Stabilising beverages poses a unique challenge for formulators because of their very dilute nature. Formulators have to find a way of stabilising sensitive ingredients like colours, flavours, or micronutrients, many of which may not even be soluble in water, down to microgram levels in litres of liquid.
Pepsi-Co’s Peter Given Jr. recently reviewed the options for encapsulating flavours in beverage emulsions and concluded that there is “a growing need for enhanced emulsion functionality in beverages, such as controlled release, protection, taste masking, and targeted delivery” (Current Opinion in Colloid & Interface Science, 2009, Vol. 14, pp. 43-47).
However, to achieve these goals research and development must produce “more sophisticated dispersion technologies employing complex mixtures of biopolymers as well as low molecular weight surfactants, and novel multilayered interfacial structures”.
Simple systems that use only one emulsifier, like gum acacia or modified starch, will produce simple beverages, he said. In his review, Given noted that “virtually all beverage flavour macroemulsions employ biopolymeric emulsifiers”, and these can be either natural or chemically modified.
Various ingredient combinations are mentioned in the literatureas beverage emulsion stabilisers, with a range of enzyme modifed ingredients being tested. For example, patented amylase enzymes from Novozymes have been used to improve the functionality of modified starch. Another patent (EP332027B1) covers the beta-amylase modification of native starch to enhance their emulsifying action.
Modification of pectin has also produced a range of ingredients for use in emulsions, microencapsulation, foam stabilization, and film formation, said Given.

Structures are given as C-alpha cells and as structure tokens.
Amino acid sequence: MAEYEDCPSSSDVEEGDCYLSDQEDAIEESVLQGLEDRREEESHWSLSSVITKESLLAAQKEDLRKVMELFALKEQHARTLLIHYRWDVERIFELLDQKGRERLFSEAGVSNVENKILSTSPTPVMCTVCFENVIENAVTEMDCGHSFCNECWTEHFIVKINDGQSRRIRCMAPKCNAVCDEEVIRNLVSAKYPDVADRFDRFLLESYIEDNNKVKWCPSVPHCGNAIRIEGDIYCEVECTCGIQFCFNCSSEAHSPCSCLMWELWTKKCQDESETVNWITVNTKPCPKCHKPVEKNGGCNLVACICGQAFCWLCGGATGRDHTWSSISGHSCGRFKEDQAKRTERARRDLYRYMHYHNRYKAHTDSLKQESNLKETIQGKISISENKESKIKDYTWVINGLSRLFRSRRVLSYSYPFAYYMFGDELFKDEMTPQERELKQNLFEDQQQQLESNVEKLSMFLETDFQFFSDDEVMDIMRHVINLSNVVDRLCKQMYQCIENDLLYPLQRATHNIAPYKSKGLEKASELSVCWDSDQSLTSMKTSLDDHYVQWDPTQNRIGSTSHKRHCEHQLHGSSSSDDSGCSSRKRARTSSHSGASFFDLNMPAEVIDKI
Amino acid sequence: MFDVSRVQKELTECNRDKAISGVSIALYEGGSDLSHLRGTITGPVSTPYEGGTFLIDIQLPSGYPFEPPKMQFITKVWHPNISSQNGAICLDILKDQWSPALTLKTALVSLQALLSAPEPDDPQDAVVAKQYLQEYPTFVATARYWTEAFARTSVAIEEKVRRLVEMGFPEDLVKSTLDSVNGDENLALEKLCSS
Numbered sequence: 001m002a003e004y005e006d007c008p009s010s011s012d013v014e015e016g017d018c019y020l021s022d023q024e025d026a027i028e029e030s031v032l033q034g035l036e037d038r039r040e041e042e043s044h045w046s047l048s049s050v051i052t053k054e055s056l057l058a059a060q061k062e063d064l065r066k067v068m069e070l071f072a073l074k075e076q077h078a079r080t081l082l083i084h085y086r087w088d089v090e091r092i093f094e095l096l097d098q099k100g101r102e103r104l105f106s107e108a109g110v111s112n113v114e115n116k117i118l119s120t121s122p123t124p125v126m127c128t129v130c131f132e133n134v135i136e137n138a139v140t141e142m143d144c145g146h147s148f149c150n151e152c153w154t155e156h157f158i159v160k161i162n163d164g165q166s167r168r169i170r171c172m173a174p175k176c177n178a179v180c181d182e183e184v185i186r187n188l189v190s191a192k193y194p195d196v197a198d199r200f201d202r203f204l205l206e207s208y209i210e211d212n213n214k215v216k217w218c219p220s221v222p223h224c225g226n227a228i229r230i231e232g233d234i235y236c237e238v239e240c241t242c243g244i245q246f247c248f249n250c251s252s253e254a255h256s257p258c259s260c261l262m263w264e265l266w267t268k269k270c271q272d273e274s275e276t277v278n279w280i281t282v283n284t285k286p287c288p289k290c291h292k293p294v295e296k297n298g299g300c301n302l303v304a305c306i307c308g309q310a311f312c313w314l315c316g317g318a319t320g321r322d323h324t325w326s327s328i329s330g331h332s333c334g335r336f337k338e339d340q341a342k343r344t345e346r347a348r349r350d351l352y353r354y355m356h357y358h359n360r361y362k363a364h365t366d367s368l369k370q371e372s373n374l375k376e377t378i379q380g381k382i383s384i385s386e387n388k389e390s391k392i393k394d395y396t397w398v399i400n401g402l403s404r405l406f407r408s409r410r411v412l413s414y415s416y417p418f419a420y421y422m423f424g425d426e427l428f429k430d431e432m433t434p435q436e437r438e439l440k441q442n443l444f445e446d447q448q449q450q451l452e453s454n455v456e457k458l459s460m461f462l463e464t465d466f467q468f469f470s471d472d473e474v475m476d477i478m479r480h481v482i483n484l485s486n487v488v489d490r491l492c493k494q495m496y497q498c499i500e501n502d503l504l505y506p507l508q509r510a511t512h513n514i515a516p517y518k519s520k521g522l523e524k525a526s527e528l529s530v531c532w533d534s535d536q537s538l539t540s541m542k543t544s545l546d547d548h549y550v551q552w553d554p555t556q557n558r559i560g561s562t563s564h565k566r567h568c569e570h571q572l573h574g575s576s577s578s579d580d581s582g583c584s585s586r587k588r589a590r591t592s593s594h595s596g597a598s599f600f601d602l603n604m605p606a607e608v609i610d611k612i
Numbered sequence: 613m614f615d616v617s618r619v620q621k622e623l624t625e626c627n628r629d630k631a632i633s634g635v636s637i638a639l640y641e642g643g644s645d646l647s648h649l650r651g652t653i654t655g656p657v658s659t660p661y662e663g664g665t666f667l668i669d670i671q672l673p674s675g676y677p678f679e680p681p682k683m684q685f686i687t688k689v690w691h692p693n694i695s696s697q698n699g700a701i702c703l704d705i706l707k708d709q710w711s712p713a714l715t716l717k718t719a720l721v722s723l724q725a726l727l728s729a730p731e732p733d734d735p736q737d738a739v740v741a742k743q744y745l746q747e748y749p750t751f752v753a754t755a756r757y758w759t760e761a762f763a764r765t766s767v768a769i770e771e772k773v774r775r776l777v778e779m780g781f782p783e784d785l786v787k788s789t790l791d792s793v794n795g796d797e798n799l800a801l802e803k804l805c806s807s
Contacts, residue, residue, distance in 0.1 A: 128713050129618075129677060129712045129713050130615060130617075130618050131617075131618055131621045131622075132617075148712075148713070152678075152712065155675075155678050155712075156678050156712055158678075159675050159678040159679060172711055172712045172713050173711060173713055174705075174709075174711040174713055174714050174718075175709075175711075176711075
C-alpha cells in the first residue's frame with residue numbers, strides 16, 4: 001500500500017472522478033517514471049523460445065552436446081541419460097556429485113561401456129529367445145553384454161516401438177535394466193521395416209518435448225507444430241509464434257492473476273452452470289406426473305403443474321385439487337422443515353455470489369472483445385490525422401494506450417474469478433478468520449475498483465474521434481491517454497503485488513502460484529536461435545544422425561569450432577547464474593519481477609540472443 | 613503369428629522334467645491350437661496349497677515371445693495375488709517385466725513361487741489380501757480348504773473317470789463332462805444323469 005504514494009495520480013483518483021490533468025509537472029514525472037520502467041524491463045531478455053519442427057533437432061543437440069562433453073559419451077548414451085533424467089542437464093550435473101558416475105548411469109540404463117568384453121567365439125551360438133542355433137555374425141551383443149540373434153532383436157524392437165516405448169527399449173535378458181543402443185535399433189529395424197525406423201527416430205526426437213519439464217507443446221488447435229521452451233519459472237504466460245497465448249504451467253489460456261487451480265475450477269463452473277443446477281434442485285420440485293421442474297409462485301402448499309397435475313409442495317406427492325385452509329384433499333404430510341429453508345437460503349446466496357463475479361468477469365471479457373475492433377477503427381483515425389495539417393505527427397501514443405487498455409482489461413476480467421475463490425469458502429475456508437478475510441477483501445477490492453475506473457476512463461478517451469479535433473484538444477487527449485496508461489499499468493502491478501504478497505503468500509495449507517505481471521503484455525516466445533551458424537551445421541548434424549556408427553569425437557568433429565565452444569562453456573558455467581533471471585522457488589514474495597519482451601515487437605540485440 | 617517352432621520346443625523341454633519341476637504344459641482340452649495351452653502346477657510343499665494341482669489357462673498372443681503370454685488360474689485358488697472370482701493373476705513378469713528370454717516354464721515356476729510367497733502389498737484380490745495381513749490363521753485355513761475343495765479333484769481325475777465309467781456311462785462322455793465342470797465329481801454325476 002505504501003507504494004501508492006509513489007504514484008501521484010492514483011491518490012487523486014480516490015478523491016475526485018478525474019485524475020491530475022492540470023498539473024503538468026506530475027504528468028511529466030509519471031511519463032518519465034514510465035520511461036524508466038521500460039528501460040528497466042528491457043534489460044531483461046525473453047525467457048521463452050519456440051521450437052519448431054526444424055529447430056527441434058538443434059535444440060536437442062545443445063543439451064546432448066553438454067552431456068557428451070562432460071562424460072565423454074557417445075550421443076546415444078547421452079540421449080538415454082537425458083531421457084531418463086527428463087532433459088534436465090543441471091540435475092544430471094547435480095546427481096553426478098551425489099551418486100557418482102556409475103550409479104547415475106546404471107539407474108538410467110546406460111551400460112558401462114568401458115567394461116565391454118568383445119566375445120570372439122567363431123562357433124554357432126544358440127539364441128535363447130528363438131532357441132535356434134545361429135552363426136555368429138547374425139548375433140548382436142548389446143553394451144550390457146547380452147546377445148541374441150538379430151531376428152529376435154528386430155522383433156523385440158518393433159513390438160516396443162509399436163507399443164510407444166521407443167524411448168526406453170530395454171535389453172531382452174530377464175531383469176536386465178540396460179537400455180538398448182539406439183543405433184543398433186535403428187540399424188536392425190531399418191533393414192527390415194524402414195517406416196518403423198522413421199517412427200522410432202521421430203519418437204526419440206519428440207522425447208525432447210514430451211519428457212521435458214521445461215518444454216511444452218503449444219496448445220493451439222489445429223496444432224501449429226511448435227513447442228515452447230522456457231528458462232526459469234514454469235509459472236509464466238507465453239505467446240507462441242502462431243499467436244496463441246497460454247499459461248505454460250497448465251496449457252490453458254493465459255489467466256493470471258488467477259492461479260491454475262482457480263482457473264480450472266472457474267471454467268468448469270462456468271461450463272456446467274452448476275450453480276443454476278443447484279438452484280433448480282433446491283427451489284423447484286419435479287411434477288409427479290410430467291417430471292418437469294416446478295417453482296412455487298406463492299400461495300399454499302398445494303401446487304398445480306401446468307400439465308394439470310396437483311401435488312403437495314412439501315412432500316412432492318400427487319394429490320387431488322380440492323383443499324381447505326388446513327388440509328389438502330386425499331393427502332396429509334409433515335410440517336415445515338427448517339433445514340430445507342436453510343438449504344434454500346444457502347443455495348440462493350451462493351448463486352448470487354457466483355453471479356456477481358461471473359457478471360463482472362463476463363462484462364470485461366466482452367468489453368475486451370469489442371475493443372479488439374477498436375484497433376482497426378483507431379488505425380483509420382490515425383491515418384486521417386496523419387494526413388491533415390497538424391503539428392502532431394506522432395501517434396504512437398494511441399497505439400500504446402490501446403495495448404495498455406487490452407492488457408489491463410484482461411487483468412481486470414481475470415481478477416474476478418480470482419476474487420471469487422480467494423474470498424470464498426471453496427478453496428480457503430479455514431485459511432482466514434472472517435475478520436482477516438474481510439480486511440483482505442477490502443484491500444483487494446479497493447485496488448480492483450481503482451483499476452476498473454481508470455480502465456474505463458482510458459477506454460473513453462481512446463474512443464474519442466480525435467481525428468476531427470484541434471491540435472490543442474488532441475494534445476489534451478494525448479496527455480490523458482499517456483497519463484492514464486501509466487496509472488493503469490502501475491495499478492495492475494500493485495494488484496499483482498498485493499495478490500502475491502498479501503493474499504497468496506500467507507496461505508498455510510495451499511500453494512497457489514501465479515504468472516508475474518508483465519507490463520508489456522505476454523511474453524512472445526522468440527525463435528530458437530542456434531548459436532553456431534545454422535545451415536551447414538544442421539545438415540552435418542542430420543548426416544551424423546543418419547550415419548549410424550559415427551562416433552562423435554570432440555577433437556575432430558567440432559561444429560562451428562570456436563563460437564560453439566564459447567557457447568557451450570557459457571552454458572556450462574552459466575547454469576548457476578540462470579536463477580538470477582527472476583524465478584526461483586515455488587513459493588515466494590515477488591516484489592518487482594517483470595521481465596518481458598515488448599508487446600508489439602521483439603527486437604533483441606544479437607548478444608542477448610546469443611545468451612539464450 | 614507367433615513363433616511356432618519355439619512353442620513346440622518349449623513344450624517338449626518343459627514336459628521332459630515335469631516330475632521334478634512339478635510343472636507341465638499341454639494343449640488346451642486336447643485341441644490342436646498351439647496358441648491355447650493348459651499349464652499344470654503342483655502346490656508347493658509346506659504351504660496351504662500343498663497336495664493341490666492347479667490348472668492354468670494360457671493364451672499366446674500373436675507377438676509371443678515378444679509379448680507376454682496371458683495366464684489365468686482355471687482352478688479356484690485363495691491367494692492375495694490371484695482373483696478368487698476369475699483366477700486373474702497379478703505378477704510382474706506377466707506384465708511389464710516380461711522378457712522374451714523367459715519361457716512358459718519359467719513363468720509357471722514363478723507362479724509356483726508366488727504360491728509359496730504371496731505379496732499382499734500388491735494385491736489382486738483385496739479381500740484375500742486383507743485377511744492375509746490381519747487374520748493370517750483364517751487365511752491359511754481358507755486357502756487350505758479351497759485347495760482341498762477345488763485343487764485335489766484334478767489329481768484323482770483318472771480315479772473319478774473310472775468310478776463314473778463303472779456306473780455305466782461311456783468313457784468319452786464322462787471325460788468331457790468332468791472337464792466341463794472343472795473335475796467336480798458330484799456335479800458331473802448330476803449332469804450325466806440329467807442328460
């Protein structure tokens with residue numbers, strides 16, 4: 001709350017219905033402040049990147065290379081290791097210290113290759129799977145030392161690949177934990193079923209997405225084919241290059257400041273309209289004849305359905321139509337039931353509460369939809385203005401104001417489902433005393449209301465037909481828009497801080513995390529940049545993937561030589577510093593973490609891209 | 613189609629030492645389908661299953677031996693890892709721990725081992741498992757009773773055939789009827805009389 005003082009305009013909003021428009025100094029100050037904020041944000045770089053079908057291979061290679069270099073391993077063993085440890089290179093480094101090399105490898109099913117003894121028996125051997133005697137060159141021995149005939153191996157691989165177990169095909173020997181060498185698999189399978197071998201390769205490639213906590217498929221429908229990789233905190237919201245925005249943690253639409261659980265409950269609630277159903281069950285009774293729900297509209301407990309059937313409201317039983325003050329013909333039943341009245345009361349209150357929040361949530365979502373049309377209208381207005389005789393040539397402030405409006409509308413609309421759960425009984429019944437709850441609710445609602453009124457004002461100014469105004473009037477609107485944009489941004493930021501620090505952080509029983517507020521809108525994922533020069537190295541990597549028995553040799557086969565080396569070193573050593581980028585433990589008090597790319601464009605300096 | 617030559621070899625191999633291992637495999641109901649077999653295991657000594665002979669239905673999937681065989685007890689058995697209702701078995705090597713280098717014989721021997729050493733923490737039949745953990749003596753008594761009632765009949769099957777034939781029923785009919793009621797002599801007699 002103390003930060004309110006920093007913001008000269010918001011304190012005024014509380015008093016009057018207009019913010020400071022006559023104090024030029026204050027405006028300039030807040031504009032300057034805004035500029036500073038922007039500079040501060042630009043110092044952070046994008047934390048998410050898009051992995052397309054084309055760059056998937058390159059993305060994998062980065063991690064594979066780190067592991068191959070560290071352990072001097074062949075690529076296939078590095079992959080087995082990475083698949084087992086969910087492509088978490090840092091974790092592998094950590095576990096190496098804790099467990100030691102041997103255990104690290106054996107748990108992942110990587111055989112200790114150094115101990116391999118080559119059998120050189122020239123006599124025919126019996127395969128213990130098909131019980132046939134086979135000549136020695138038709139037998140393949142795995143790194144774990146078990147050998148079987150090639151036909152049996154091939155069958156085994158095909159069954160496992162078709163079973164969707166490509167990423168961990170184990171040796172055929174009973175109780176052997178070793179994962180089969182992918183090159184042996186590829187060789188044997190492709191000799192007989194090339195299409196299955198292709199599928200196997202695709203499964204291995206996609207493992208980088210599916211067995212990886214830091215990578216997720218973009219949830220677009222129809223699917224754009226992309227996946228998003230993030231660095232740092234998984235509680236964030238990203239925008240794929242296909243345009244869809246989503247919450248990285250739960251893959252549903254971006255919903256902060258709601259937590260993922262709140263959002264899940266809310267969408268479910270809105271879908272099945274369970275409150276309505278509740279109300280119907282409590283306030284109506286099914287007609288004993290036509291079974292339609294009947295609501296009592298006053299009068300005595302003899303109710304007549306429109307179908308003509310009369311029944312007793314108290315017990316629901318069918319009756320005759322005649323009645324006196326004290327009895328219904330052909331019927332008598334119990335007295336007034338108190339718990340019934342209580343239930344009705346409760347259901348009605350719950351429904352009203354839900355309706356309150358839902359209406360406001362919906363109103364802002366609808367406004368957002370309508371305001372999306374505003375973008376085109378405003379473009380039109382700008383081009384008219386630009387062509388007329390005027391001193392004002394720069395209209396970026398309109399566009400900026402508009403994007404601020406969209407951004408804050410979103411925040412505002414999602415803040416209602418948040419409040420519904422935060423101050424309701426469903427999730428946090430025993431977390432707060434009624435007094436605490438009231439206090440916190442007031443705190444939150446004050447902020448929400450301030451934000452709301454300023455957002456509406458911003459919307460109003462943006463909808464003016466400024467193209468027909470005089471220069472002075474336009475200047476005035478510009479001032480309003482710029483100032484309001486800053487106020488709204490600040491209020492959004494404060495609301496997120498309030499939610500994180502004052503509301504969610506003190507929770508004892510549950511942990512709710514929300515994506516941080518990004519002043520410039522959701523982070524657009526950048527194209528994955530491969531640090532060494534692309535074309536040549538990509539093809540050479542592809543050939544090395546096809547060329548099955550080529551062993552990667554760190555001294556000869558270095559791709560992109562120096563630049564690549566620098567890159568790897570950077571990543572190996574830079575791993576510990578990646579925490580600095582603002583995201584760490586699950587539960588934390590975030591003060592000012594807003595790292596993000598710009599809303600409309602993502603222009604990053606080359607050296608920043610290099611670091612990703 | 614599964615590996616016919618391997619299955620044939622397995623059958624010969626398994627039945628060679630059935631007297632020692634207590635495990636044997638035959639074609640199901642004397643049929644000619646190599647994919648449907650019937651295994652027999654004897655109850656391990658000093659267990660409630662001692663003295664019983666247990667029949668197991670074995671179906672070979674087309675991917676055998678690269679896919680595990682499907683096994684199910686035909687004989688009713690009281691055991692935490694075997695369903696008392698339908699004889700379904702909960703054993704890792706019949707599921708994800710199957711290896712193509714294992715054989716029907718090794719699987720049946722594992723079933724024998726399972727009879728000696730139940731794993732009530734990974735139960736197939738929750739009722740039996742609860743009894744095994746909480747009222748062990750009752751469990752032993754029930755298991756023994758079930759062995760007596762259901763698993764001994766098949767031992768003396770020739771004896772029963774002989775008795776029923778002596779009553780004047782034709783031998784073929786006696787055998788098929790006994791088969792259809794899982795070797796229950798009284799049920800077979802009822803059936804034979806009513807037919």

Finnish and USDA researchers are exploring the potential of galactoglucomannan (GGM) from spruce as stabilisers for beverage emulsions. Recent data (LWT - Food Science and Technology, 2009, Vol 42, pp. 849-855) indicated that GGM was more effective at beverage stablisation than guar gum, Konjac glucomannan, and locust bean gum.
The potential of soybean soluble polysaccharide (SSPS) was recently investigated by Canadian and Japanese researchers, and found to form stable oil-in-water emulsions (J. Agric. Food Chem., 2007, Vol. 55, pp. 502-509).
A recent development in this field was a hydrocolloid blend based principally on gellan gum from CP Kelco. Their Kelcogel PS ingredient, launched in 2004, reportedly forms “fluid gels” or a structured network formed at very low hydrocolloid concentrations. The concentration is too low to create a gel, but the gellan gum system still forms a weak network.
Health & wellness
The move towards health and wellness, and adding in bioactive ingredients like vitamins and minerals, leads to an increase in the particle content of the beverage. Ingredients are then needed to help suspend and stabilise the functional ingredients.
Many hydrocolloids help solve these problems, but which hydrocolloid should be used? The challenge is to suspend and stabilise these micronutrients without thickening the beverage to the point where it becomes undrinkable.
Pectin is one such highly versatile solution. Ralph Appel, business unit leader,from Cargill Texturizing told this website in 2008: "In the production of health foods, pectins and hydrocolloids in general can play a significant role in creating good texture, mouthfeel and taste and so on, particularly if other elements such as salt, fat or sugar have been reduced."
Korea’s Eugene Science Inc. patented an approach for plant sterol dispersal in a clear beverage by mixing with surfactants, including sucrose fatty acid esters, polyglycerol fatty acid esters, or sorbitan fatty acid esters prior to shearing. This reportedly led to an increase in the bioavailability of the sterols (WO/2002/028204).
Co-enzyme Q10 dispersion was achieved using of a “healthy diglyceride” containing high levels of linolenic acid. The Japanese patent (JP2004357538), held by Kao Corporation, “is noteworthy [because] this dispersion system remains stable after thermal treatment during sterile packaging,” said Pepsi-Co’s Given.
For omega-3, one of the nutrition industry’s big ish, several systems have been developed, said Given. These include complex coacervates, traditional emulsions, layer–by–layer emulsions, and microemulsions. Whey protein was recently reported as a means of encapsulating and stabilising omega-3 without degradation of the fatty acid (Food Hydrocolloids, 2009, Vol. 23, pp. 1120-1126).
The topic of functional beverages, from formulation to success with health claims, will be addressed further at the upcoming Drinks Ingredients 2010 Virtual Conference and Expo on May 27th. For more information and to register, please click here.